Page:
The fourth and final book I consulted was The Battle of South Mountain by John D. Hoptak.  This book has everything!  Maps, detailed accounts, order of battle, and photos.  It was a breath of fresh air because South Mountain is one of the lesser documented battles and not much can be found on the web.  The maps aren’t the best, but they offer general troop positions at the South Mountain gaps and are hand drawn, which is always neat.

Without going too into detail on the web sources I used since most of it is Googling this specific unit, this specific commander etc., the main web source was antietam.aotw.org.  This site has a timeline of the battle, lots of maps, order of battle, but my favorite part is the commander biographies.  I used these in creating the biographies that go into the Scenario Intro’s.

I also used an excellent battle chronology found at: http://www.jfepperson.org/antietam.htm. This was important in scripting the troop movements and attacks for the 11 hour, full battle scenario “AN17-Sept17-None but Heroes are Left (C-Army)” since it breaks down each significant troop movement and attack by its estimated time.

Another important part of the research although it gears more toward the map making aspect is visiting the battlefield.  For me personally, I won’t even think about re-creating a battle without walking in the footsteps of the soldiers that fought in it.  For the Antietam pack, two other team members (Jim Weaver, Lead Designer and Dave Waltman, veteran Tester) and I visited the Antietam and South Mountain battlefields.  We took tons of pictures to assist with creating the landscape of the field, and to verify certain hills, landmarks, ridges, etc.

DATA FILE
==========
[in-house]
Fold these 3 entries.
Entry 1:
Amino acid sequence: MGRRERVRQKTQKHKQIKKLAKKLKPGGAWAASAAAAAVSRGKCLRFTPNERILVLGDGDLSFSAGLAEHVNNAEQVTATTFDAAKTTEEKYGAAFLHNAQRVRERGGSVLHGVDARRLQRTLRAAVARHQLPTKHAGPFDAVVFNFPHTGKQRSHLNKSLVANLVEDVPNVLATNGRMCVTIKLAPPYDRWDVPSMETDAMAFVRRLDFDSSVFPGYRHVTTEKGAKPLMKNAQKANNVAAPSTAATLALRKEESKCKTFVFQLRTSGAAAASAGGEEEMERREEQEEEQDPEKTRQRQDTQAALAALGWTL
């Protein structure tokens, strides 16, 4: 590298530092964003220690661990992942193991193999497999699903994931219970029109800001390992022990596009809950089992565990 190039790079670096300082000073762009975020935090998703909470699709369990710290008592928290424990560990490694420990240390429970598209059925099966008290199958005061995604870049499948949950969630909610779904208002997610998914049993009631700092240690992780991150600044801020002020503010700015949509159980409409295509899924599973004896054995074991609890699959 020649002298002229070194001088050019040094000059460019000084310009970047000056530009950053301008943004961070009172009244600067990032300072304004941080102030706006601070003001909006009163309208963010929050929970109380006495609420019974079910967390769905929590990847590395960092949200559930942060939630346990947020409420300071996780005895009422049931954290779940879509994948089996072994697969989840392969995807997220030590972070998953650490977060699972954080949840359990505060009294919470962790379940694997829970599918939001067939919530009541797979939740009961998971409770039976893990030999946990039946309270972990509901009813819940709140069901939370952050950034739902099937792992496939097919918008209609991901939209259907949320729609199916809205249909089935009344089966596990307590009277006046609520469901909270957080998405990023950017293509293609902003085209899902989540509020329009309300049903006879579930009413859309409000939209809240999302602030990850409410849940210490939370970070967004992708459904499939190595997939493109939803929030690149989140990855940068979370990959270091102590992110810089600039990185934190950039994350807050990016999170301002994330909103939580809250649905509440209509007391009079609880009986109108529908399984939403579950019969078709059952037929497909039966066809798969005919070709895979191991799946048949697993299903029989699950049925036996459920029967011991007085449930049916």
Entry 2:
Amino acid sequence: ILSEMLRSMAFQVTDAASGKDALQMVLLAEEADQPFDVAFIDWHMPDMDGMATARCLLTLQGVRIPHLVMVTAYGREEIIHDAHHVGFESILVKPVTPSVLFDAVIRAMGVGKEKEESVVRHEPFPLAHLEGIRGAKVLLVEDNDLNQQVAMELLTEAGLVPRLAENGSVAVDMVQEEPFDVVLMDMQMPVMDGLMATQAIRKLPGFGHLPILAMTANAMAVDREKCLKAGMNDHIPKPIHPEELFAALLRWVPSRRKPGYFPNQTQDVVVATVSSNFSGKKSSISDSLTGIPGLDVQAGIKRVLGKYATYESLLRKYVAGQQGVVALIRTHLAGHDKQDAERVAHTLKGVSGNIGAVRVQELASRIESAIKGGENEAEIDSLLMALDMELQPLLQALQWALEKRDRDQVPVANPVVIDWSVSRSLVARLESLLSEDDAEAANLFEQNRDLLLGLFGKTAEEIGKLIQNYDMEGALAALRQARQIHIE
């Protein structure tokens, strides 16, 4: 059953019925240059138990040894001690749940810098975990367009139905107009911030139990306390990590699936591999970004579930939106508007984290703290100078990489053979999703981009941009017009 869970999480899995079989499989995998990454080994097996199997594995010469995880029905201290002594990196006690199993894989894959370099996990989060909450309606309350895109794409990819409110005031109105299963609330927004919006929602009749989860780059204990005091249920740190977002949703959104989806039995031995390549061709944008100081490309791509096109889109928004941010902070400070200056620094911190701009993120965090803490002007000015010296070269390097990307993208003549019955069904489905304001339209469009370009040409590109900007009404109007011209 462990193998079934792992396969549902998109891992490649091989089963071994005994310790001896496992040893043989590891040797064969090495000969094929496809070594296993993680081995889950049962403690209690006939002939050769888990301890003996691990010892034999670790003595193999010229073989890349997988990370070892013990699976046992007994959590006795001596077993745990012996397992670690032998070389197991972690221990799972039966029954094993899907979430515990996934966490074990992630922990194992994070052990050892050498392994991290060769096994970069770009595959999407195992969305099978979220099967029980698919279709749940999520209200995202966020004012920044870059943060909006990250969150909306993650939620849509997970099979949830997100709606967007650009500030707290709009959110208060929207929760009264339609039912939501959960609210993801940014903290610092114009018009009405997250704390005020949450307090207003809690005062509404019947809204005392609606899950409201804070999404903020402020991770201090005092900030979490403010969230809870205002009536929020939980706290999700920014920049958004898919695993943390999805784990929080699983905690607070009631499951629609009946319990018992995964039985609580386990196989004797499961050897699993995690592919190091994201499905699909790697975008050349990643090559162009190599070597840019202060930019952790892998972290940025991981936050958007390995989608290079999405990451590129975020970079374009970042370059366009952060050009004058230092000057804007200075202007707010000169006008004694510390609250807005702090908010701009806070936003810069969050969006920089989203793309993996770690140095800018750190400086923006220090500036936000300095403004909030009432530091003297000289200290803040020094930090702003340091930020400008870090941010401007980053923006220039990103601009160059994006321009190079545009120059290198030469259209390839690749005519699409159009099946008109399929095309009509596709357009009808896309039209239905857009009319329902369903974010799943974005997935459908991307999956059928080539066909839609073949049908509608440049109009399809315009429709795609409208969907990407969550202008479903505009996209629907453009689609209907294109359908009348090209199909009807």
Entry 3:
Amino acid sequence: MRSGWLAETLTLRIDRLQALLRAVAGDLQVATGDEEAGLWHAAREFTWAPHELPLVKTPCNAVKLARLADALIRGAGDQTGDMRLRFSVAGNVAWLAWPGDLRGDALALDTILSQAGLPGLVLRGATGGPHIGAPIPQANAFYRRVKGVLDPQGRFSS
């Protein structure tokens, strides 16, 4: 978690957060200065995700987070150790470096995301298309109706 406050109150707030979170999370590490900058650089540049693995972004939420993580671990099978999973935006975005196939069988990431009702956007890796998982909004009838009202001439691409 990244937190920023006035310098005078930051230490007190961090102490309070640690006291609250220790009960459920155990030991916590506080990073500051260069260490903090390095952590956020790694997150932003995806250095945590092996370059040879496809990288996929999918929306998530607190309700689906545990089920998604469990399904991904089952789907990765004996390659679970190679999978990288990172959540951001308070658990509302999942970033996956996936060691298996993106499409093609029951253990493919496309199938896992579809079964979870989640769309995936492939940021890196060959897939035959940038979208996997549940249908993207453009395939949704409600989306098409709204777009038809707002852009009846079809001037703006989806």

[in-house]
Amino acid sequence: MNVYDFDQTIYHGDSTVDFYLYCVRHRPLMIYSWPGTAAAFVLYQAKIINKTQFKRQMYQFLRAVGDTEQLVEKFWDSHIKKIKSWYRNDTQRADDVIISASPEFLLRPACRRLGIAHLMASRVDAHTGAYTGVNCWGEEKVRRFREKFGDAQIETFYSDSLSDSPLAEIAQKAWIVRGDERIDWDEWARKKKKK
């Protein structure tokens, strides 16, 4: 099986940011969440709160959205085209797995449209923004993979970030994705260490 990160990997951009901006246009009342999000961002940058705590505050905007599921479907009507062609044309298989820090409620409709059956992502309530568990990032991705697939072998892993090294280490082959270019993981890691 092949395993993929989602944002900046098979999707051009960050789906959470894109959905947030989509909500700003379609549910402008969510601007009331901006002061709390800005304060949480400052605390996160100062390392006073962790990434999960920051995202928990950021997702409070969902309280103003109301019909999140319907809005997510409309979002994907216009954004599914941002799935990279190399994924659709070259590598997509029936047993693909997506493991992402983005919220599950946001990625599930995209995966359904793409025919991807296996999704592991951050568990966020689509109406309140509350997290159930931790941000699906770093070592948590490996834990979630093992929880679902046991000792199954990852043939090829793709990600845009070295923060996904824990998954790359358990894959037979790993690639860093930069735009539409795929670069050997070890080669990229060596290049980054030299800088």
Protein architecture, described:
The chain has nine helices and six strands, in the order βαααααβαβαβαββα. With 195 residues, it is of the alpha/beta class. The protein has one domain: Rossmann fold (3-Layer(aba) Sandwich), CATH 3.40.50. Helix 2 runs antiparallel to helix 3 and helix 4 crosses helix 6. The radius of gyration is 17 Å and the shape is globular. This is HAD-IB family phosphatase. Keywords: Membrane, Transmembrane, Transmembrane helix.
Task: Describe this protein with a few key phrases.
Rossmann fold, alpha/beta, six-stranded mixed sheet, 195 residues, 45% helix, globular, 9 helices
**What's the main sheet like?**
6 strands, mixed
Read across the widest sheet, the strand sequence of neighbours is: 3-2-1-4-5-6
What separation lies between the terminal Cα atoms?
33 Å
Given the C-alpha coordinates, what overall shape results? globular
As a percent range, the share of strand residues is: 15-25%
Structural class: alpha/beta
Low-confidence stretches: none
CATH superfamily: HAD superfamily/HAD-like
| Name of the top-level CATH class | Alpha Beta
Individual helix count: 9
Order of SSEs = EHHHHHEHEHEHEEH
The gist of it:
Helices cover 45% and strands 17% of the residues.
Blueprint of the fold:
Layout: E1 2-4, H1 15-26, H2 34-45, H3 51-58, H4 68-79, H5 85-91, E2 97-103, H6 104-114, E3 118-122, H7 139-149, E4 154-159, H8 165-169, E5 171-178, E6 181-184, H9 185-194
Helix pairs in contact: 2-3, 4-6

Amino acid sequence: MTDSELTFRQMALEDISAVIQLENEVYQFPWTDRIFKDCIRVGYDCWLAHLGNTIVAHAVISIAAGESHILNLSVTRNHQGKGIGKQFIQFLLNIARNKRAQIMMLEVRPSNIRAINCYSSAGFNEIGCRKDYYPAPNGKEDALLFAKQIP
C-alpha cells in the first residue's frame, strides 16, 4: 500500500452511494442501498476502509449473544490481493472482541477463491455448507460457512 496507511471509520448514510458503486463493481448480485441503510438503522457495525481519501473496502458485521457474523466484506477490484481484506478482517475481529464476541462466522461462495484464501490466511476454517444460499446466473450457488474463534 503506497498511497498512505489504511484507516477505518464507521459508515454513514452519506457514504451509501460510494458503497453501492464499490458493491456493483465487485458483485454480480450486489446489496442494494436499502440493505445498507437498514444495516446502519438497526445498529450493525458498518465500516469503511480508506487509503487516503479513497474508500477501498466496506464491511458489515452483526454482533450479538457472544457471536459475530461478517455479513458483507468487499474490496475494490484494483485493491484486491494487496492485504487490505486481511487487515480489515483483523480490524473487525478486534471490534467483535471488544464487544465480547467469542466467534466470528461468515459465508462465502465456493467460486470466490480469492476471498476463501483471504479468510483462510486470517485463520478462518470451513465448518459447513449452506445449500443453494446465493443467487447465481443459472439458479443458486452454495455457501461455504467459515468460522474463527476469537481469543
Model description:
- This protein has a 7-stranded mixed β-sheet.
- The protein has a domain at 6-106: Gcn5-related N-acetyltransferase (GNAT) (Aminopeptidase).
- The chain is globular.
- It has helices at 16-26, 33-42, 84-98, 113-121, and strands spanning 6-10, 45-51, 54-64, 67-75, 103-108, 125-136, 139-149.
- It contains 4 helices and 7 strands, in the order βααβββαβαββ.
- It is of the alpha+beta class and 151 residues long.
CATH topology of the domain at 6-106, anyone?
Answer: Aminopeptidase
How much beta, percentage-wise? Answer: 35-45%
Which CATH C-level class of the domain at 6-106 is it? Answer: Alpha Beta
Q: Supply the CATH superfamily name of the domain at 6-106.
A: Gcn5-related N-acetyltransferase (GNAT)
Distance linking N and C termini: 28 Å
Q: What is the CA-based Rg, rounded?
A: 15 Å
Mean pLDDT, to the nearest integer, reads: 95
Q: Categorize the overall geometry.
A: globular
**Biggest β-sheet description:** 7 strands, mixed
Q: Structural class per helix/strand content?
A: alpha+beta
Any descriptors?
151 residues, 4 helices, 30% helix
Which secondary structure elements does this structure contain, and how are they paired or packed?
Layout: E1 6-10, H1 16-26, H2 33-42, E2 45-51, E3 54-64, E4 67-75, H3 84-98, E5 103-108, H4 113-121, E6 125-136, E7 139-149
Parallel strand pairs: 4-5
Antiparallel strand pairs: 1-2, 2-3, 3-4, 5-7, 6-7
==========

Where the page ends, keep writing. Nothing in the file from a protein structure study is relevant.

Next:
One example that we documented was a knoll on the West end of the Sunken road or “Bloody Lane” that was in front of Rodes’ Confederate Brigade.  It was said that the Union solders advancing towards Rodes’ position could not be seen until they were less than 300 feet from the Confederates.  The 5th Maryland took severe losses as they moved up the slope of the knoll to find the Confederates waiting at such close range.  This is just one example of the dozens of areas on the field that must be portrayed accurately on our maps to make the game look and play historically.

So again, research is the first step in designing scenarios for the Scourge Of War game engine and is ongoing throughout the entire development process.  It is important for the designer to become almost to the level of obsessive compulsiveness when it comes down historical accuracy – e.g. this unit was posted here, this unit moved here at this approximate time, this unit fought here, this unit was in skirmish formation, etc. etc. etc.. Since we are re-creating battles that happened 150 years ago, unfortunately many details have been lost, historians have given us conflicting information, and we’ll never know exactly what those Generals we’re thinking.  However, we gather as much information as we can and do our best to piece together the puzzle.